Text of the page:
METRO Manila only forms .2 percent of the total land area of the country, yet within that small space, 12 percent of the Philippine population lives and works, contributing an average of 36 percent of the entire economy. For many years, this has been the symbol of centric and imperial development.
But if you look closely at what has been happening in the past decade, one would notice that Metro Manila has also been expanding to Bulacan, Antipolo, Cavite, and Laguna, among others. In a paper that I submitted to Harvard in 2002, I referred to this expansion as the Manila Megalopolis. The Manila Megalopolis plan aims to address the distortions of poverty, unemployment, urban blight, population congestion, and numerous aesthetically offensive districts within the national capital. The plan hopes to create a proactive rehabilitation development initiative that can span several growth decades.
A megalopolis is a cluster of metropolitan areas. A metropolis on the other hand is a large city or a cluster of cities and municipalities that has a significant economic, political, cultural impact. Other forms of cities (or polis) that can be developed are aerotropolis (airport-driven city), aquapolis (seaport-driven city), agropolis (farm and the city), and ecopolis (eco-tourism and eco-centric development in environmentally critical areas).
In the next 30 years, there will be around 50 million more Filipinos. And according to a United Nations study, in the next decade around 70 to 80 percent of the population will move and live in the cities. With these in mind, the Philippines will need to develop at least 100 new cities.
As defined by the US Federal Aviation Administration, an aerotropolis is a “planned and coordinated multi-nodal freight and passenger transportation complex which provides efficient, cost-effective, sustainable, and intermodal connectivity to a defined region of economic significance centered around a major airport.”
The term aerotropolis was popularized by John D. Kasarda. According to him, “airports will shape business location and urban development in the 21st century, as much as highways did in the 20th century, railroads in the 19th, and seaports in the 18th.”
Aerotropolis is the center for growth. Altogether, it has three basic elements: spatial, functional, and connectivity. Spatial elements would include aviation-oriented businesses and associated residential areas. Aviation-oriented businesses such as hotels, convention centers, service industries, and others would be located within the core of the aerotropolis, while the residential areas develop within the outer ring of the aerotropolis and grow outwards. Functional elements include the spatial elements, businesses and business people relying on the airport for access as well. Lastly, the connectivity elements consist of the air routes and surface linkages (i.e. highways, railways, providing internal and external accessibility to the airport). These elements make up the skeleton and muscle of the aerotropolis.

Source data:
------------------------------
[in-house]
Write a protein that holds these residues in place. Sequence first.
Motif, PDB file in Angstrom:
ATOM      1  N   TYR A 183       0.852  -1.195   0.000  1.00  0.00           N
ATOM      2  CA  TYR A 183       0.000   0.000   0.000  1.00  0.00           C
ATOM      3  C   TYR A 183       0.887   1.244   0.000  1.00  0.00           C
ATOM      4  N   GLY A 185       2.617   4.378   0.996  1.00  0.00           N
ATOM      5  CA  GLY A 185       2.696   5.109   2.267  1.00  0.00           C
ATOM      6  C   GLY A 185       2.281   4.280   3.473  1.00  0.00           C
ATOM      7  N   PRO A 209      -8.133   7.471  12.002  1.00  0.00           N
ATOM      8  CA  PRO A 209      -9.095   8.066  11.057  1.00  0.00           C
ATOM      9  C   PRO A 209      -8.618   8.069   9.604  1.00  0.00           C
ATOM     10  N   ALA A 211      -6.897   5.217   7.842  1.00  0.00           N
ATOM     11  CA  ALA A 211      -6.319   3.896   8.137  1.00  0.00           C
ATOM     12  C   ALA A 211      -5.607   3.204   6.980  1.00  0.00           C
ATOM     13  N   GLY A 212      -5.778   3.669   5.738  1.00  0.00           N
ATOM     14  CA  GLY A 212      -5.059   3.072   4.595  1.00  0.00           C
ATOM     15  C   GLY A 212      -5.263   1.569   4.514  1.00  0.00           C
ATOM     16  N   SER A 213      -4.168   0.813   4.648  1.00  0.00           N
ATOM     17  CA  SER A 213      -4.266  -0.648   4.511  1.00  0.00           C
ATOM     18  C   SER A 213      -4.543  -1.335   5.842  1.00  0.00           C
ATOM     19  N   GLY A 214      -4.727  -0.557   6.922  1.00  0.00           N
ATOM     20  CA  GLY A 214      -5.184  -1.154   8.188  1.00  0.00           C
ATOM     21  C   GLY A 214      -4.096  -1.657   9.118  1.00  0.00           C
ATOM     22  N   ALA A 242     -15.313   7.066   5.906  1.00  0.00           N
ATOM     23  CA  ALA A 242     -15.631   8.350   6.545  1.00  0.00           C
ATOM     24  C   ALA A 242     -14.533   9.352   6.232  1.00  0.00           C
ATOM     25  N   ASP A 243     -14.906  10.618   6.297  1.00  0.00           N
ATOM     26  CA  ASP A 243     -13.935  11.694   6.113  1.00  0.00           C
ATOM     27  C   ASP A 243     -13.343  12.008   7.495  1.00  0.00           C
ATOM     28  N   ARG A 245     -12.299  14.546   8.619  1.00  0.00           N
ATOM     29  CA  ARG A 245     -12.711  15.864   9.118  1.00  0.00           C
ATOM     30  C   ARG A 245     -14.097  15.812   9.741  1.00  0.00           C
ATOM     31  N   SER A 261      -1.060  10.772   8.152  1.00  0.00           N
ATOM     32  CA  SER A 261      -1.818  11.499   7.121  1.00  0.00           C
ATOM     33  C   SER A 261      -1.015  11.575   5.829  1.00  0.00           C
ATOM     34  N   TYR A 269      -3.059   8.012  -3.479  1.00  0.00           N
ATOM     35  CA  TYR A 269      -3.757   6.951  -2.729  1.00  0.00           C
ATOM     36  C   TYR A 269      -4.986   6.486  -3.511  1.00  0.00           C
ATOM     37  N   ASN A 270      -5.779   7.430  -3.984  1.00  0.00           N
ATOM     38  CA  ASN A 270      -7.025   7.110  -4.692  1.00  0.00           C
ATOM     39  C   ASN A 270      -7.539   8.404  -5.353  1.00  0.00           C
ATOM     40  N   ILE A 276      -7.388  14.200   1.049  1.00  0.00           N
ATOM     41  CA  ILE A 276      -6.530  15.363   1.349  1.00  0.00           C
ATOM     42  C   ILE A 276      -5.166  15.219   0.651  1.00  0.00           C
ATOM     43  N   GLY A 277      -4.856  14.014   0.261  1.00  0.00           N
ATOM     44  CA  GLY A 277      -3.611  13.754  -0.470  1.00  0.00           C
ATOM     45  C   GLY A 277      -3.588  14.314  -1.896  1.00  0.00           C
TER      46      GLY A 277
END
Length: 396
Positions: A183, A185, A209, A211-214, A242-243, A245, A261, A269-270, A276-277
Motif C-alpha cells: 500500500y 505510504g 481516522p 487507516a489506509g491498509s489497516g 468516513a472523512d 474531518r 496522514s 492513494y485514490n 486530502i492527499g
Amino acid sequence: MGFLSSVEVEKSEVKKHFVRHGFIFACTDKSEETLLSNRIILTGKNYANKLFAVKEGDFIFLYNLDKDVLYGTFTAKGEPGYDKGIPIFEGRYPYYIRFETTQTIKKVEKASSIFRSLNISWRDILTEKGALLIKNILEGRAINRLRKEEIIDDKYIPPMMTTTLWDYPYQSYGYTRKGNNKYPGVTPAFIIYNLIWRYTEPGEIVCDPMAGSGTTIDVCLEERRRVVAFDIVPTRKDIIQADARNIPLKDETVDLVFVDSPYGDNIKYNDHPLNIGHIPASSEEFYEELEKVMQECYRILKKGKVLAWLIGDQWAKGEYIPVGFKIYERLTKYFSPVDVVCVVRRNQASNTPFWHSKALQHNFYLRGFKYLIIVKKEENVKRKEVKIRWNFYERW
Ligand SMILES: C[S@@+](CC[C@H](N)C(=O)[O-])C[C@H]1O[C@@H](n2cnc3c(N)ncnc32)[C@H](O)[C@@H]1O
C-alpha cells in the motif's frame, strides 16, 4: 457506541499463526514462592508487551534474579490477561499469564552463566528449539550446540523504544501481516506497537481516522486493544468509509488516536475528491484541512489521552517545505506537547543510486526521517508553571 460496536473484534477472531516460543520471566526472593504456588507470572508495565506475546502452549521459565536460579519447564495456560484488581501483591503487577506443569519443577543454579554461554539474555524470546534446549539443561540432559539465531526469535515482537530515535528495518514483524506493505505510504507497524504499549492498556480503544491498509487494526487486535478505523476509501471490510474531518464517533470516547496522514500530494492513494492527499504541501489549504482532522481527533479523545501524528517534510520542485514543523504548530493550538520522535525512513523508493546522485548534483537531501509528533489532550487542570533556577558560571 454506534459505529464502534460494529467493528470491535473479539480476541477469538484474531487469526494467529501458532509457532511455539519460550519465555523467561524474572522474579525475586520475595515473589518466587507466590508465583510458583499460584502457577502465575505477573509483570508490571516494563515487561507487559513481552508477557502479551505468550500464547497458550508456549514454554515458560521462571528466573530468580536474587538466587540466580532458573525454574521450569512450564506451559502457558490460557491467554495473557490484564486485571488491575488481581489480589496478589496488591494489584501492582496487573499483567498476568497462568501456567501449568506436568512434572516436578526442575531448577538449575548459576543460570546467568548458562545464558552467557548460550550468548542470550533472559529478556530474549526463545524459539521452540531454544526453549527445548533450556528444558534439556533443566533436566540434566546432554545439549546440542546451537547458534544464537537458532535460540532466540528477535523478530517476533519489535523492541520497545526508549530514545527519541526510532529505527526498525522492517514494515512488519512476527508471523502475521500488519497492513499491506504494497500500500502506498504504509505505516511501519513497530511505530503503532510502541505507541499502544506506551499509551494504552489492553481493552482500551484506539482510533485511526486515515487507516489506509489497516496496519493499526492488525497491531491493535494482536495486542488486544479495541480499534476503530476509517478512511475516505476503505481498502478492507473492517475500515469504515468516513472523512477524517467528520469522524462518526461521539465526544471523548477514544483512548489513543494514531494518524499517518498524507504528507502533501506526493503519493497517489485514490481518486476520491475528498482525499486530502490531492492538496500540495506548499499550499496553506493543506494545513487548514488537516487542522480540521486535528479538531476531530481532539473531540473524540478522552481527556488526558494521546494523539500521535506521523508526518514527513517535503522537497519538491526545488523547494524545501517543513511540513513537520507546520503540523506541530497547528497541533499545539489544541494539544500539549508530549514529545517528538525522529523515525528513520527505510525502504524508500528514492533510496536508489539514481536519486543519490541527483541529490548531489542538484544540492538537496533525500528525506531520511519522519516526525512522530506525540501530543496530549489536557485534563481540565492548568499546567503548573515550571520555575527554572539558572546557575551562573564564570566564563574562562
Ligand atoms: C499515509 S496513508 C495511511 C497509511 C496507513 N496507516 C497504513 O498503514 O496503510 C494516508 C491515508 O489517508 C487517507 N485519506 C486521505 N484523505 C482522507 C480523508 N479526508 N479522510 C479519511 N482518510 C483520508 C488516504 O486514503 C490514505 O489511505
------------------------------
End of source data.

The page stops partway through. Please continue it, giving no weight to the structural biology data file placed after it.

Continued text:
Developing an aerotropolis and designing for a smart urban growth should be done hand in hand. Logistics, hotel facilities, free port zones, and other tourist accommodations should be strategically located within the vicinity, but away from the flight path. Transportation and road connections within the area should also be taken note of. The middle area comprises hospitals, service industries, and institutional establishments. Lastly, housing and other residential zones can be located in the outermost area of the aerotropolis.
Derived from the Greek words, “agros” meaning field and “polis” meaning city, the term has many interpretations such as the coagulation of the agricultural farms into the urban setting. Agropolis seeks to change the paradigm of creating food sources for the city as it tries to move food production out of the rural areas and into the city center itself. This allows the promise of a city to become self-sustaining, thereby reducing the carbon footprint.
In our ongoing development plan for Pampanga, it is envisioned that agriculture value-chains will be developed. From food production to food processing. The development of the agropolis can also transform farms into tourism areas by showcasing the different farming methods.
An aquapolis is a city that maximizes its waterfronts, coastal areas, and rivers and streams. The value chain of an aquapolis can center around water activities, marine education and tourism, and fishing.
But more than fishing, it can envision a city like Venice, wherein the canals are developed into transportation gateways and alfresco restaurants.
The Philippines has the third longest coastline in the world, even longer than the mainland United States. The Pasig River, is actually longer than the Grand Canal of Venice. The development of the aquapolis for our country is apt, since we are an archipelagic country.
Ecopolis is a term used to describe environment-oriented communities or clusters. It can be focused on enhancing nature-based tourism, or eco-tourism. While preserving the environment is critical, it is also important that economic opportunities be given to the community members, especially the indigenous communities. Without a proper economic value-chain that is central to environmental preservation, access to medicine, health care, education, and other opportunities will be difficult. For the ecopolis concept, the main thesis is balanced development.
Each city is unique; it has its own identity, character and culture, natural environment and geography, and political maturity. Each city has its own strengths as well as its own natural competitive and economic advantages.
Not all cities need to be filled with skyscrapers to be able to grow economically. The economy of a city can be developed around its natural environment. This also means that the cities will be more conscious in developing sustainable measures to protect their natural resources.